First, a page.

Succession of Hotard

Court of Appeal of Louisiana, First CircuitMay 31, 1971
248 So. 2d 30 (La. Ct. App. 1971)

No. 8310.

April 19, 1971. Rehearing Denied May 31, 1971.

APPEAL FROM NINETEENTH JUDICIAL DISTRICT COURT, PARISH OF EAST BATON ROUGE, FRED A. BLANCHE, JR., J.

William J. Doran, Jr., Baton Rouge, for appellant.

Ben E. Atkins, Baton Rouge, for appellee.

Before LOTTINGER, SARTAIN and TUCKER, JJ.



SARTAIN, Judge.

Velora Agnes Hotard died on July 2, 1965, survived by her second husband, Phebus N. Hotard, two minor children of that marriage, Kenny and Jessica, and by two major children of a prior marriage, Donald Little and Sandra Little Devine.

Phebus Hotard was appointed administrator of the succession and caused an inventory and a schedule of debts to be prepared and filed. Donald Little and Sandra Little Devine caused an amended inventory to be filed for the purpose of reevaluating forty-two shares of stock in the Winbourne Shopping Center, Incorporated, and they also filed a rule to show cause why certain items on the schedule of debts should not be allowed. Mr. Hotard also filed a rule to traverse the amended inventory.

After a hearing on these rules, judgment was rendered upholding the amended inventory as to the value of the stock and disallowing certain disputed debts listed on the schedule of debts. The heirs and surviving spouse were sent into possession in the same judgment. Later, Mr. Hotard's motion for a new trial based on allegedly new evidence as to the value of the stock was denied and he perfected this appeal.

The trial judge accepted the testimony of two appraisers who valued the stock at $74,228.70 in upholding the amended inventory. The judge disallowed a debt of $12,000.00 claimed by Mr. Hotard as arising from advances of cash made to him by his father over a period of years and represented by a collateral mortgage on the home owned by him and the decedent in that amount. Mr. Hotard also claimed as a debt to his separate estate an amount representing the purchase price of certain immovables which he said were brought with his separate funds during the marriage. The trial judge did not mention this claim in the reasons for judgment but since it was not included in the enumerated debts that were allowed in the judgment it must be considered as disallowed.

Mr. Hotard further claimed as a debt to his separate estate the proceeds from a sale of separate property, which proceeds were eventually invested in community property. He had made a down payment of $1,619.78 on a house and lot prior to marriage and assumed a mortgage for $7,630.22, the purchase price being $9,250.00. He later sold the property for $13,000.00 and invested the proceeds in another house and lot. The trial judge only allowed a claim for the amount of the down payment, $1,619.78.

Mr. Hotard has appealed those rulings and also asserts error in the denial of a new trial. He further contends that, inasmuch as the inheritance tax collector has never assessed the taxes or stated that none are due the judgment purporting to send the heirs into possession is null and void.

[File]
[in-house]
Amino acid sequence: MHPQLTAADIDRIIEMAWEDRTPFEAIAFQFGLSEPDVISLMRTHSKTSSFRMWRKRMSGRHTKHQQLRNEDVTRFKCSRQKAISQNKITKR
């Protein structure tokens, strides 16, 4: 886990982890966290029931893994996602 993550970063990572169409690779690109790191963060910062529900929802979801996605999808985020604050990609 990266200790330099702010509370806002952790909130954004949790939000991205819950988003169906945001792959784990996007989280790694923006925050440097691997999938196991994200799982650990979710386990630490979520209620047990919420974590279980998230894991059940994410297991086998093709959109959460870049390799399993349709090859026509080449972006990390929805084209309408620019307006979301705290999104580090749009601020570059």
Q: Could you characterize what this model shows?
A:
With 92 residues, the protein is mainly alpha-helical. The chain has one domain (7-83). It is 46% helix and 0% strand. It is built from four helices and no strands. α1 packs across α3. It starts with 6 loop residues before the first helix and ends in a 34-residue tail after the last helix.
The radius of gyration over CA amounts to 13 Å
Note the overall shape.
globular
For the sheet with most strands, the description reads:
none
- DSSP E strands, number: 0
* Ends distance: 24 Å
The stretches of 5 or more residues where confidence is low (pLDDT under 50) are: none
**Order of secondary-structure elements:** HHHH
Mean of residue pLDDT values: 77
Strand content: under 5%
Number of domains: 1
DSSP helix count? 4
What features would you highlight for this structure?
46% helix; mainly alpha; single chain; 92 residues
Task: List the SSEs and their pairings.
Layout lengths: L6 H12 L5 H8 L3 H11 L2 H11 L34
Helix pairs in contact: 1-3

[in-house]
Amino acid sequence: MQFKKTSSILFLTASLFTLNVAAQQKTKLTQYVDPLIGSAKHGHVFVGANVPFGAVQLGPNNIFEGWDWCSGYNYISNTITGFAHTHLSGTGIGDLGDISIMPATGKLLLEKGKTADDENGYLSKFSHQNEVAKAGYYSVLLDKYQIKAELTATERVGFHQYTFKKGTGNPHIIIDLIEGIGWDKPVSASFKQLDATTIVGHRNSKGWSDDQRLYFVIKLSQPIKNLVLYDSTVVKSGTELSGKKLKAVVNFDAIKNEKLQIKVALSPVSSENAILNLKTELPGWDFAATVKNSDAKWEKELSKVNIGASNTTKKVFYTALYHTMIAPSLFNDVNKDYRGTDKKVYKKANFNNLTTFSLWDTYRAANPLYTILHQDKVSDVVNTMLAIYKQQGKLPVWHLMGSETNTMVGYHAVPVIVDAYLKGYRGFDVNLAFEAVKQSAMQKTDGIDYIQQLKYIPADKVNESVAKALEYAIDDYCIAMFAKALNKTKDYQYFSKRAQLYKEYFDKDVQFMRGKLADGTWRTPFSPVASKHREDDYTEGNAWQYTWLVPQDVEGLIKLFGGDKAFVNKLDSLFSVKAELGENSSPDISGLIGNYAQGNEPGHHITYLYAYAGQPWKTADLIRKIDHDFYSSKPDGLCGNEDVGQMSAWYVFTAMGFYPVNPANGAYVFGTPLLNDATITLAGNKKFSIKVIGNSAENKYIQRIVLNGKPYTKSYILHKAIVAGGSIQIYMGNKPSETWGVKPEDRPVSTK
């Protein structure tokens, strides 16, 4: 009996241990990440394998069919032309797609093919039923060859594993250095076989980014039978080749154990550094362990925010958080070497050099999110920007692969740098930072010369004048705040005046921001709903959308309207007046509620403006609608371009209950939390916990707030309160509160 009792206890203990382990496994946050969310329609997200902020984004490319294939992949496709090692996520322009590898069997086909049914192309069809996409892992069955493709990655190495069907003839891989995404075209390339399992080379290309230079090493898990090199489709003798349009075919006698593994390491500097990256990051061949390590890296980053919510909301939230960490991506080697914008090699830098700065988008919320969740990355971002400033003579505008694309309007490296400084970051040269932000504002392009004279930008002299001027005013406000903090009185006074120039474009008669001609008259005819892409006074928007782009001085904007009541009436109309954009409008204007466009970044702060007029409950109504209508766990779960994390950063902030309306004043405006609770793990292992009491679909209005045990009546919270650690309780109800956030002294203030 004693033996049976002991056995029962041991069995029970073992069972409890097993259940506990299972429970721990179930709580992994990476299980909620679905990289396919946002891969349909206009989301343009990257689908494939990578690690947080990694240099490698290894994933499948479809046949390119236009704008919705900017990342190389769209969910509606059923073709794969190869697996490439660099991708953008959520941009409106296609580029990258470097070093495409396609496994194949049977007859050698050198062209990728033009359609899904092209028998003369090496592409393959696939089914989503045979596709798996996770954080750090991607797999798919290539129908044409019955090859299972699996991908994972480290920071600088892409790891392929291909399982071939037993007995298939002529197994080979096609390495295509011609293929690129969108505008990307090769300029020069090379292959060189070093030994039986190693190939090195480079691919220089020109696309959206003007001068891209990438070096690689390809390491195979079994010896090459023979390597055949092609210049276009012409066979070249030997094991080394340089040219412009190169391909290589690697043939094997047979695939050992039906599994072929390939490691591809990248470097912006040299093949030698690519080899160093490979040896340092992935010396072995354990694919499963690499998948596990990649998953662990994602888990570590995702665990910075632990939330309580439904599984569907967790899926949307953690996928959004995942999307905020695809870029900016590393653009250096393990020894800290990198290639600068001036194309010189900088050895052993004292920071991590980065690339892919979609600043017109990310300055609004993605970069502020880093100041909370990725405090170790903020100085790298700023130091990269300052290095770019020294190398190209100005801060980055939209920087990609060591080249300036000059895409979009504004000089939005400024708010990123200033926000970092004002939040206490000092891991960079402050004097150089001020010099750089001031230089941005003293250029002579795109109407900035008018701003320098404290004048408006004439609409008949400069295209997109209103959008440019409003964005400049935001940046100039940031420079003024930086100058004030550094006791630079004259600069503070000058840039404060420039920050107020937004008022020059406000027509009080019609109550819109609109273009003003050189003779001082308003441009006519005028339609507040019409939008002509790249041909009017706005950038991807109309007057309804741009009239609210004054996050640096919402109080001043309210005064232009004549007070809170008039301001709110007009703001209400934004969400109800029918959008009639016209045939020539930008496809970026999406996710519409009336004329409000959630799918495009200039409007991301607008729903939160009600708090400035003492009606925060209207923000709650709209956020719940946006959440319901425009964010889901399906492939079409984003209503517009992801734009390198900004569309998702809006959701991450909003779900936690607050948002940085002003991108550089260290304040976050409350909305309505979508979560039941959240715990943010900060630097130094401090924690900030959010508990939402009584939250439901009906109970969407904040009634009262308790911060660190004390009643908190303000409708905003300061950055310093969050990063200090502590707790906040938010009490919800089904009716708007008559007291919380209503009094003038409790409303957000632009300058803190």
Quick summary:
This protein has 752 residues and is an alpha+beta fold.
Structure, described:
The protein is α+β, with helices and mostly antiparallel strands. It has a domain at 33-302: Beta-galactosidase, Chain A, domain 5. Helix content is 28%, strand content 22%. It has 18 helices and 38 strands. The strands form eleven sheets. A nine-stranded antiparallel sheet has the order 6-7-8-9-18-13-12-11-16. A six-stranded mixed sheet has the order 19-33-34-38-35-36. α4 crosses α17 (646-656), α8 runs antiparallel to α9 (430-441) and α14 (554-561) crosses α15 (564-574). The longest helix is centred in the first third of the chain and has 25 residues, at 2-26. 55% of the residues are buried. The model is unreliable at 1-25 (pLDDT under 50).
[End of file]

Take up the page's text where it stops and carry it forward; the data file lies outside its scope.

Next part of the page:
We affirm the rulings relative to the amended inventory, the denial of a new trial and the disallowance of the alleged debt represented by the mortgage and of the alleged debt for reimbursement for the price of immovables purchased during the marriage. We amend the ruling relative to the claim for reimbursement for the proceeds from the sale of the property acquired before the marriage. The judgment of the trial court is, however, invalid insofar as it purports to send the heirs into possession before the inheritance taxes have been assessed, but the remainder of the judgment is not nullified thereby, and this matter will be remanded for the limited purposes of assessment and payment of such taxes as may be due and for the rendering of a judgment of possession thereafter.

The record reveals that Mr. Hotard's claims for reimbursement arise from two allegations: first, that he had approximately $10,000.00 in bank accounts at the time of his marriage to the decedent in March of 1948, and, second, that his father had from time to time advanced to him various amounts of cash totaling at least $12,000.00 between 1950 and 1965.

No bank statements were produced to corroborate the first allegation but Mr. Hotard points to other circumstances as evidence that he had separate funds at the time. First, he points to the down payment of $1,619.78 made a few days prior to the marriage and, second, to a purchase of real estate made some seven months after the marriage, in which he paid $700.00 in cash toward a purchase price of $2,100.00. Another purchase of real estate was made some years later with cash in the amount of $3,500.00. If indeed Mr. Hotard had separate funds upon entering into his marriage, these facts do not constitute sufficient proof of the amount thereof or how he expended such funds. There is nothing to corroborate his testimony that his funds were not previously commingled with community funds or that community funds were not used for the purchases of the real estate. In the absence of such proof, as is required by La.Civil Code Art. 2334 in defining separate property, that provision and La.Civil Code Art. 2402 require the finding that the property acquired during the marriage was acquired with community funds and falls into the community, and therefore no reimbursement may be allowed. Messersmith v. Messersmith, 229 La. 495, 86 So.2d 169 (1956).